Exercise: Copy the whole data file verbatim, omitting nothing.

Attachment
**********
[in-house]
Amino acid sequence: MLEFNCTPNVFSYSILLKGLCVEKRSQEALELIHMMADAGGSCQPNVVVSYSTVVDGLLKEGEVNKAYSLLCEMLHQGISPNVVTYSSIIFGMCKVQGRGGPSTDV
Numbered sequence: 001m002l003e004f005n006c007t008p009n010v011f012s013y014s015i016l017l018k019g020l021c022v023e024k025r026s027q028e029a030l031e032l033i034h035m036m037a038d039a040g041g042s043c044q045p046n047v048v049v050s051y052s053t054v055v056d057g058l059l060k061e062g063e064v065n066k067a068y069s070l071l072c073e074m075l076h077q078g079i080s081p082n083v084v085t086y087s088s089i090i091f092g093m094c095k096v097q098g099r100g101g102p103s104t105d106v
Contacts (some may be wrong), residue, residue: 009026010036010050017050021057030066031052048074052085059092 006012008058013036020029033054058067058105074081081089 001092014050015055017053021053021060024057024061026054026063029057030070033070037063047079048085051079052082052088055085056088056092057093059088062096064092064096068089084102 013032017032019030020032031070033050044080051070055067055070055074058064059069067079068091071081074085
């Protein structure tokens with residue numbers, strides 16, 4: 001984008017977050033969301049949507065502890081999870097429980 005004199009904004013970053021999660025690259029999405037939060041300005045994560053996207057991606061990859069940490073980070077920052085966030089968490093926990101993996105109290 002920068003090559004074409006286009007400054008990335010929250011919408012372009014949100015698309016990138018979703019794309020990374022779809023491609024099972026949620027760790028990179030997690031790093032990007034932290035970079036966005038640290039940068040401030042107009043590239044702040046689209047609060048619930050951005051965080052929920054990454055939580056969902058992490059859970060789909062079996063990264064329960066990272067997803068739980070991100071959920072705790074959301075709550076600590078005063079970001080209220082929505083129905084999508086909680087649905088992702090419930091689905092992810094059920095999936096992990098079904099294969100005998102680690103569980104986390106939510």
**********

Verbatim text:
[in-house]
Amino acid sequence: MLEFNCTPNVFSYSILLKGLCVEKRSQEALELIHMMADAGGSCQPNVVVSYSTVVDGLLKEGEVNKAYSLLCEMLHQGISPNVVTYSSIIFGMCKVQGRGGPSTDV
Numbered sequence: 001m002l003e004f005n006c007t008p009n010v011f012s013y014s015i016l017l018k019g020l021c022v023e024k025r026s027q028e029a030l031e032l033i034h035m036m037a038d039a040g041g042s043c044q045p046n047v048v049v050s051y052s053t054v055v056d057g058l059l060k061e062g063e064v065n066k067a068y069s070l071l072c073e074m075l076h077q078g079i080s081p082n083v084v085t086y087s088s089i090i091f092g093m094c095k096v097q098g099r100g101g102p103s104t105d106v
Contacts (some may be wrong), residue, residue: 009026010036010050017050021057030066031052048074052085059092 006012008058013036020029033054058067058105074081081089 001092014050015055017053021053021060024057024061026054026063029057030070033070037063047079048085051079052082052088055085056088056092057093059088062096064092064096068089084102 013032017032019030020032031070033050044080051070055067055070055074058064059069067079068091071081074085
């Protein structure tokens with residue numbers, strides 16, 4: 001984008017977050033969301049949507065502890081999870097429980 005004199009904004013970053021999660025690259029999405037939060041300005045994560053996207057991606061990859069940490073980070077920052085966030089968490093926990101993996105109290 002920068003090559004074409006286009007400054008990335010929250011919408012372009014949100015698309016990138018979703019794309020990374022779809023491609024099972026949620027760790028990179030997690031790093032990007034932290035970079036966005038640290039940068040401030042107009043590239044702040046689209047609060048619930050951005051965080052929920054990454055939580056969902058992490059859970060789909062079996063990264064329960066990272067997803068739980070991100071959920072705790074959301075709550076600590078005063079970001080209220082929505083129905084999508086909680087649905088992702090419930091689905092992810094059920095999936096992990098079904099294969100005998102680690103569980104986390106939510």